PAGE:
by Ariela Shapiro (07/10/2013 issue of the CACI Analyst)
On May 27, Russian border troops in South Ossetia started building barbed wire fences beyond the occupation line and into undisputed Georgian territory. These incursions, termed “borderization operations” by the Russian administration, are an estimated 25 kilometers in length and extend between 50-300 meters beyond the occupation line. While the U.S. State Department and European Union Monitoring Mission (EUMM) all promptly reacted by describing the fence building as “unacceptable” and “concerning,” neither were able to prevent or cease the construction. These actions demonstrate how Russia views the post-2008 “new geopolitical realities” and that Putin intends to dictate the terms and parameters of any “normalizing” of relations with Georgia.
by Mina Muradova (06/26/2013 issue of the CACI Analyst)
Russia and Azerbaijan have recently terminated two strategic agreements. In May, the Russian government terminated a 1996 deal to transport oil from Azerbaijan through its pipeline system. The agreement on transporting Azerbaijani oil via the Baku-Novorossiysk pipeline envisaged the transit of at least five million metric tons of oil a year, with a tariff of about US$ 15.70 per metric ton.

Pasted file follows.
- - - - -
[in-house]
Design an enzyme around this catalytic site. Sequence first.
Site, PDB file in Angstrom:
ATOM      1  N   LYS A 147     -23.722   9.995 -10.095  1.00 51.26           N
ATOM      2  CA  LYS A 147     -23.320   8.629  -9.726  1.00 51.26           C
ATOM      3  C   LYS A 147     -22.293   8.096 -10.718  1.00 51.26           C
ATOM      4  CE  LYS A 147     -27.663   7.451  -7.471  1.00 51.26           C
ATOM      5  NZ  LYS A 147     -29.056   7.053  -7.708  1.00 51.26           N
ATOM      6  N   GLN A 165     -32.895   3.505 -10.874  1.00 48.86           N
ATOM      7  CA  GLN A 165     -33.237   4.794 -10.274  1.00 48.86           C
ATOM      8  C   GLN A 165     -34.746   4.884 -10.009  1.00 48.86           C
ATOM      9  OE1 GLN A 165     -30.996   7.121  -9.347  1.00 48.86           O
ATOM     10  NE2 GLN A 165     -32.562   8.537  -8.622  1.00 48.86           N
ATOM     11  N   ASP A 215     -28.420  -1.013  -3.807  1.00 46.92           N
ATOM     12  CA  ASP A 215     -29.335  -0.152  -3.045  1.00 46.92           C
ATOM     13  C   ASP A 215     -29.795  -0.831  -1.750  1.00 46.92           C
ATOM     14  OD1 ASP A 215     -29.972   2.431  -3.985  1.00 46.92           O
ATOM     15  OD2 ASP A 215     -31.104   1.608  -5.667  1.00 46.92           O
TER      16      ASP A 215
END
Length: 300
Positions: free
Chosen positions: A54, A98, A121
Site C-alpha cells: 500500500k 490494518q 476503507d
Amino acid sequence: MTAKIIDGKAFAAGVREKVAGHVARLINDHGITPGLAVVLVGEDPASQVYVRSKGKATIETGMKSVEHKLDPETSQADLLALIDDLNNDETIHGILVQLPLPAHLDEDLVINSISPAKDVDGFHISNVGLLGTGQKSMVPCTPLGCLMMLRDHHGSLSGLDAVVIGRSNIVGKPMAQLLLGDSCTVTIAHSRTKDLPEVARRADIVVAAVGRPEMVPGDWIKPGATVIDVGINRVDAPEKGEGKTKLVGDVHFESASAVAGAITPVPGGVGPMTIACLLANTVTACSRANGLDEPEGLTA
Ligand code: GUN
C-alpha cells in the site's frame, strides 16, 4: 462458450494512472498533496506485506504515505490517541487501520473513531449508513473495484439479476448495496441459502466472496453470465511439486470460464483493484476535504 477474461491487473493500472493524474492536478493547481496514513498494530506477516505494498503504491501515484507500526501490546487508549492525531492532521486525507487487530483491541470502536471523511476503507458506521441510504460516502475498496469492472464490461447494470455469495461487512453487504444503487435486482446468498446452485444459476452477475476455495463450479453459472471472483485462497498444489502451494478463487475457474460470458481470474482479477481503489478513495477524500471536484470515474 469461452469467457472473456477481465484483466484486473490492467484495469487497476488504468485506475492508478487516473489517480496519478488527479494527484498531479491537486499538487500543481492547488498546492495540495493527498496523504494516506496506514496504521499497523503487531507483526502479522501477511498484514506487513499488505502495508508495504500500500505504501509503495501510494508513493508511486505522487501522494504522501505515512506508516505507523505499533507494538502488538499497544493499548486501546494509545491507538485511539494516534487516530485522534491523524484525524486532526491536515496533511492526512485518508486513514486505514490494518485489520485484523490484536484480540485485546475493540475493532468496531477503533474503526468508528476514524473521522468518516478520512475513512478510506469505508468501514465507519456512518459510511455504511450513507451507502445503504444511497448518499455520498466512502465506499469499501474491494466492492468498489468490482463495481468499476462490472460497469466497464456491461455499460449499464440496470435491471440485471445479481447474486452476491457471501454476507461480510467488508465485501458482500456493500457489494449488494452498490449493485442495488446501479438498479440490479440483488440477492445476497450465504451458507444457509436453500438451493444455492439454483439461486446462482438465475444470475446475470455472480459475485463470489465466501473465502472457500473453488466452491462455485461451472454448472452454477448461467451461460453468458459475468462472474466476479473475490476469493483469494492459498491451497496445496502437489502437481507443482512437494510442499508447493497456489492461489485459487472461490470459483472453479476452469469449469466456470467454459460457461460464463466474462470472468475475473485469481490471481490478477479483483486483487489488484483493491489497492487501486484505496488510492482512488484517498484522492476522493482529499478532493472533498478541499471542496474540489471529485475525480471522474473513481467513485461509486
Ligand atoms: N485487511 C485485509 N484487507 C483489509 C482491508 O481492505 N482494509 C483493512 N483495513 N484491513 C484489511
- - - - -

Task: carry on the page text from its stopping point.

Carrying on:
by Erica Marat (06/26/2013 issue of the CACI Analyst)
The Kyrgyz parliament has voted to support President Almazbek Atambaev’s decision to renounce the contract for the U.S. transit center at Manas airport. The main reasons for the parliament’s vote were primarily a response to the Kremlin’s decision to write off a large chunk of Kyrgyzstan’s debt and to Moscow’s promise to construct hydropower plants in Kyrgyzstan, as well as to Washington’s abrupt decision to dismiss criminal charges against Maksim Bakiev, son of former president Kurmanbek Bakiev. In the meantime, uncertainty lingers regarding the finality of the parliament’s decision and how the president will proceed with his plan to build an international transit hub at Manas once the U.S. leaves.
The Central Asia-Caucasus Analyst is a biweekly publication of the Central Asia-Caucasus Institute & Silk Road Studies Program, a Joint Transatlantic Research and Policy Center affiliated with the American Foreign Policy Council, Washington DC., and the Institute for Security and Development Policy, Stockholm. For 15 years, the Analyst has brought cutting edge analysis of the region geared toward a practitioner audience.